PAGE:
Installing SDK Packages Through Terminal

Hi there,

I recently had to reflash my Nvidia Jetson Nano in FRC mode as through SDK Manager the “Flash Jetson OS” was stuck at 99.9%.

Since I have already flashed my device, I would like to install SDK packages such as CUDA and OpenCV. After going back on SDK Manager, it says that I have to flash my device again before installing those packages. This is a problem as the getting stuck at 99.9% problem still occurs and stops me from installing those packages on my device.

I’m wondering whether there is a way to install those packages through the terminal? I have many .deb files located in ~/Jetson/SDK manager.


If you started to flash, and this failed, then chances are you need to flash again. However, JetPack/SDK Manager tends to look like you need to flash, but in reality that is only a default. You can uncheck flash and just install packages.

In the most recent L4T R32.3.1 (JetPack/SDKM 4.3) the install uses “.deb” packages on NVIDIA’s repository server. For that release, if you know the name of a package you want, then you can add it with “sudo apt-get <package name>”.

You can use the “.deb” packages you find on the host PC as well, e.g., scp them to the Nano and use “dpkg” to install them. There are a lot of dependencies though, and so you may need to experiment to get them in the right order (if you use multiple package names with a single dpkg command, then this does make it easier).

The “apt” mechanism handles dependencies for you, so “apt-get” is easier in comparison to “dpkg” if you have the latest release R32.3.1 release (try “apt search cuda” or any other package name you are interested in to find packages).

NOTE: Often failed flashes are due to using a VM host. VMs do not handle USB correctly in many cases.

Hi there!

Thank you, I actually didn’t realise there was a skip flashing option. This solves my problem! I’m using Ubuntu dual-booted. I have an issue where SDK manager can’t connect to the device. I have isolated it to a network issue.

I’ve already check lsusb and that appears fine.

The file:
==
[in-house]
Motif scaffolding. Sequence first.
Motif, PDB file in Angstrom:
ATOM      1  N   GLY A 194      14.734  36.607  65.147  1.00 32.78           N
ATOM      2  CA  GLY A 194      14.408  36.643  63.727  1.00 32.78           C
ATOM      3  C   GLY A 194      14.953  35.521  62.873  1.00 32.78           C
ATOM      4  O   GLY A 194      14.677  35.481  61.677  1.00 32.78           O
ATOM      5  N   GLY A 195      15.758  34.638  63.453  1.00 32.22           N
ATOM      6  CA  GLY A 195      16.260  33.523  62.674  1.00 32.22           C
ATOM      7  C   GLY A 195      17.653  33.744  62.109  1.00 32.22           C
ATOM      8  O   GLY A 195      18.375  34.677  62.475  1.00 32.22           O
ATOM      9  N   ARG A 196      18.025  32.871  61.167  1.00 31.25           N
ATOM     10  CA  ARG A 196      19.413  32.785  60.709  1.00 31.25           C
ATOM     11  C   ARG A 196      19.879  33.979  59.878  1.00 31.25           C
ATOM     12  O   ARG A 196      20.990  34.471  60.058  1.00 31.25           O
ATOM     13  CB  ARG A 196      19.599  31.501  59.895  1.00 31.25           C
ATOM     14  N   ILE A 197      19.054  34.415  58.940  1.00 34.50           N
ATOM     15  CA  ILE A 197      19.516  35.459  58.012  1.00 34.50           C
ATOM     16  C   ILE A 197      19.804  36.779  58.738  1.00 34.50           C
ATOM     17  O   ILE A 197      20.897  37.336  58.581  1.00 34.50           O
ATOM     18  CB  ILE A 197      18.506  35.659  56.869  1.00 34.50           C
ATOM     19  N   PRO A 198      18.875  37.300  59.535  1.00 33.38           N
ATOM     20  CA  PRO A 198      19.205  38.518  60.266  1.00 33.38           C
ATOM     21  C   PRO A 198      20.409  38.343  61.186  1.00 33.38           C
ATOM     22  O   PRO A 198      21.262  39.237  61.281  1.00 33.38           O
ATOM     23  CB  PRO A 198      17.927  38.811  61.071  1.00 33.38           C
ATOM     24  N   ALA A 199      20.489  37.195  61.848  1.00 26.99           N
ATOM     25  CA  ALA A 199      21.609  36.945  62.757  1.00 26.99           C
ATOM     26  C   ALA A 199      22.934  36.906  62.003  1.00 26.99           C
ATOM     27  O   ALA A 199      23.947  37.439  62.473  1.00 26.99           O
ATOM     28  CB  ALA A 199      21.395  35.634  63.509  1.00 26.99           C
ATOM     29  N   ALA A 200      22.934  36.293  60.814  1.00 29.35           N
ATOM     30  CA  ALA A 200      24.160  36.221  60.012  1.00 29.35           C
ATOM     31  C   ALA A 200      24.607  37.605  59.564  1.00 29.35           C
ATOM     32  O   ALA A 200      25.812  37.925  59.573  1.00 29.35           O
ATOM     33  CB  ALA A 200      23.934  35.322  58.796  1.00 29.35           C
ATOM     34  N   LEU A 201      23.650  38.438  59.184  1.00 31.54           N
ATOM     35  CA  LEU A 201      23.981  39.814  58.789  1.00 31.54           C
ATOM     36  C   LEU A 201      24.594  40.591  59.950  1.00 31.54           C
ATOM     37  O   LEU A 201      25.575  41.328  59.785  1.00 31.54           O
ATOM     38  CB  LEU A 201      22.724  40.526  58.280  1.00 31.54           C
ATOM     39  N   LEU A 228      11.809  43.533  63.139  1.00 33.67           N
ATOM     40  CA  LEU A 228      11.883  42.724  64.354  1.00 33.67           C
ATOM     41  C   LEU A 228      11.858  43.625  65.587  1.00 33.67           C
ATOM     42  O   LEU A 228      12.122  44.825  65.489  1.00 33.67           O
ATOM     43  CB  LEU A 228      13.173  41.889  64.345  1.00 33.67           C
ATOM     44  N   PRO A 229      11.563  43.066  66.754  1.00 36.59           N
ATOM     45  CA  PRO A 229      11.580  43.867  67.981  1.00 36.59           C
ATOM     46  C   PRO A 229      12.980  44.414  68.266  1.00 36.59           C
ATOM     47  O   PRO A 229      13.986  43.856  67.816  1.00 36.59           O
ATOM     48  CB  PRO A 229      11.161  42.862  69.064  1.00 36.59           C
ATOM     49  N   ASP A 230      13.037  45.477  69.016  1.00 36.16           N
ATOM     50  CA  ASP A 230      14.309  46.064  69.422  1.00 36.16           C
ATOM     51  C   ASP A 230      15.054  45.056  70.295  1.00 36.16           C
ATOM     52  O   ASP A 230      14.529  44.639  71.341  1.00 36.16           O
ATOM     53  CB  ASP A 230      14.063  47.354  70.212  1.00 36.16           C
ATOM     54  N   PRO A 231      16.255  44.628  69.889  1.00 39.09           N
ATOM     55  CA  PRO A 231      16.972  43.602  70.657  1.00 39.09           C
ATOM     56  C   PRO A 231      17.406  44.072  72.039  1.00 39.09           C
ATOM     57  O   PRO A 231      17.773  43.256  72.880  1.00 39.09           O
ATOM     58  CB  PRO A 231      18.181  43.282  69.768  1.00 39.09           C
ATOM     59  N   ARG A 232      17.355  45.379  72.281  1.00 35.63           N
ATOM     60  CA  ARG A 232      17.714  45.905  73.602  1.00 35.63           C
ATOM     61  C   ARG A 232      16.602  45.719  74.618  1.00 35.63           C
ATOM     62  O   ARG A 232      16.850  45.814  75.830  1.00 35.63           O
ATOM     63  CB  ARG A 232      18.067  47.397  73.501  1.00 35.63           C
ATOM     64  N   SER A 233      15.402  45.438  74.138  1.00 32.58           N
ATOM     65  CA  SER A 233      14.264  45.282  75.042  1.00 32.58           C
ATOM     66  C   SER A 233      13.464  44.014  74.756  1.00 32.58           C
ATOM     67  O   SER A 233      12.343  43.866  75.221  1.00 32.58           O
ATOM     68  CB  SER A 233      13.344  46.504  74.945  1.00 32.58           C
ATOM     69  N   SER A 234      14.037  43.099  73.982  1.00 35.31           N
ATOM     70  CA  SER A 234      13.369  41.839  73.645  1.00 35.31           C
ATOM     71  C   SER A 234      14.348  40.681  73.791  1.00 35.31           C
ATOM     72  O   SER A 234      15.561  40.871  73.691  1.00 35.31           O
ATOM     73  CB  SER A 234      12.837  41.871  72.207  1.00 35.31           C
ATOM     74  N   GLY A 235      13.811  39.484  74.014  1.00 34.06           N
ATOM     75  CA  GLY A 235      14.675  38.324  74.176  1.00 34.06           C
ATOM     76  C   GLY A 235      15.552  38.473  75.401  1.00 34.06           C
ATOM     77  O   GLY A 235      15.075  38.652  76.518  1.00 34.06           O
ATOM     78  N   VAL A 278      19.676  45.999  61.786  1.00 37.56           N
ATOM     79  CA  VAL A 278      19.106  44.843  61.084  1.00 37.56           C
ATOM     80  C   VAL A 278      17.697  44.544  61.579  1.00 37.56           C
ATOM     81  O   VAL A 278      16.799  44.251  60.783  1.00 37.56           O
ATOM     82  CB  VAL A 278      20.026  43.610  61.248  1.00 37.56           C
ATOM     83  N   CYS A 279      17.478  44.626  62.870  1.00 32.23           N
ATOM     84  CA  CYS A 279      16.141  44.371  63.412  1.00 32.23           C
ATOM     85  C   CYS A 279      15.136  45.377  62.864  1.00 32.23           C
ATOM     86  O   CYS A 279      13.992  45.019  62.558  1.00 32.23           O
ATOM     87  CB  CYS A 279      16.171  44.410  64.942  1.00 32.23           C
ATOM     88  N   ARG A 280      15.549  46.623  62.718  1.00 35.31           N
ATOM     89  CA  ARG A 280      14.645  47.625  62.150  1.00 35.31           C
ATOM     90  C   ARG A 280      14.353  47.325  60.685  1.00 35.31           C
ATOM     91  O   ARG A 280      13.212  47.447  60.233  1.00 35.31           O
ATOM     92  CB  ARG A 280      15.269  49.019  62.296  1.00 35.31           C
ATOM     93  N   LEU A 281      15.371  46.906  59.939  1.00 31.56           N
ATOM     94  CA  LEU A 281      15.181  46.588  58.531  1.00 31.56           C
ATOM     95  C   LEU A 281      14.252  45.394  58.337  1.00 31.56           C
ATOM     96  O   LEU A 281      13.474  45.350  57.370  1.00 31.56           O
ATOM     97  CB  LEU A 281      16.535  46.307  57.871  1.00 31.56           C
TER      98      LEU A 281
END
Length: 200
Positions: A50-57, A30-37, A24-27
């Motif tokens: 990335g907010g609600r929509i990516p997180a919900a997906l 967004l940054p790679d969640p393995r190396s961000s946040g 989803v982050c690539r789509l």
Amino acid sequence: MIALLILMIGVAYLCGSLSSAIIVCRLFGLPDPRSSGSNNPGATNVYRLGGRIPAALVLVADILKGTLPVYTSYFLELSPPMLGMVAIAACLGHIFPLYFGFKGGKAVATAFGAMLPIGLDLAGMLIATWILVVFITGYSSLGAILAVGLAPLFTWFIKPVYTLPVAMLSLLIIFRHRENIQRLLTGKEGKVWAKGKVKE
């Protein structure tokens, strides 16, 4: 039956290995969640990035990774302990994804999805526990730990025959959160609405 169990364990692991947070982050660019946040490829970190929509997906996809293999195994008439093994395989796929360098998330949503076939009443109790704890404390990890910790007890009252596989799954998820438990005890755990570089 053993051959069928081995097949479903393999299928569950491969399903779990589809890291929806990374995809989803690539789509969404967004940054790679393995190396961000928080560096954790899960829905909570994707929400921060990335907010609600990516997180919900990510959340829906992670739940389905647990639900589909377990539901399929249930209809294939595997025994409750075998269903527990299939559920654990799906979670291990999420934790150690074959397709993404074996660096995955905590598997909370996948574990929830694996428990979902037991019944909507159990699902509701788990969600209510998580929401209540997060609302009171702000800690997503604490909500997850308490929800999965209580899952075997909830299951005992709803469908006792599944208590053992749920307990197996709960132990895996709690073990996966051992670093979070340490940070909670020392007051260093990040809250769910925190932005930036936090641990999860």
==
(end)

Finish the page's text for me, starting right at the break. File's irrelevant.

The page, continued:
I’m living in university dorm at the moment and can’t connect the Jetson nano to a router via ethernet. I was wondering how I could go about connecting it to my PC? What sort of work around would you suggest?

Once the flash completes first boot login account setup is required, and so during flash I assume you have a keyboard/mouse so you can do this. Once this is complete it doesn’t actually matter which network you use.

The micro-B USB cable, when connected between a fully booted Jetson and a host PC, will “pretend” to be a network adapter and DHCP server. The result is that the host PC should obtain a new network over the micro-B USB. The PC will have address, and the Nano will have address The host can “ping” to confirm this is working, and this should work for package additions.

I have to emphasize that this is over ssh and if first boot login account creation did not complete, then this will fail. Additionally, sometimes a host PC may be set up so security does not automatically allow this. Most of the time the USB ethernet will “just work”, but sometimes you will need to find the MAC address by monitoring “dmesg --follow” during plug in of the USB, and then using the host network setup to allow that MAC address to activate. If ping worked, then this won’t be an issue, but if ping failed, then this is possibly what is going on.

Hi, thanks for your diagnosis. Pinging doesn’t work for that device for ip address Also from using ifconfig, the host doesn’t have ip address

I’m not exactly sure how to find MAC address by monitoring “dmsesg – follow”. After finding the MAC address how could I use the host network setup to allow MAC address to activate?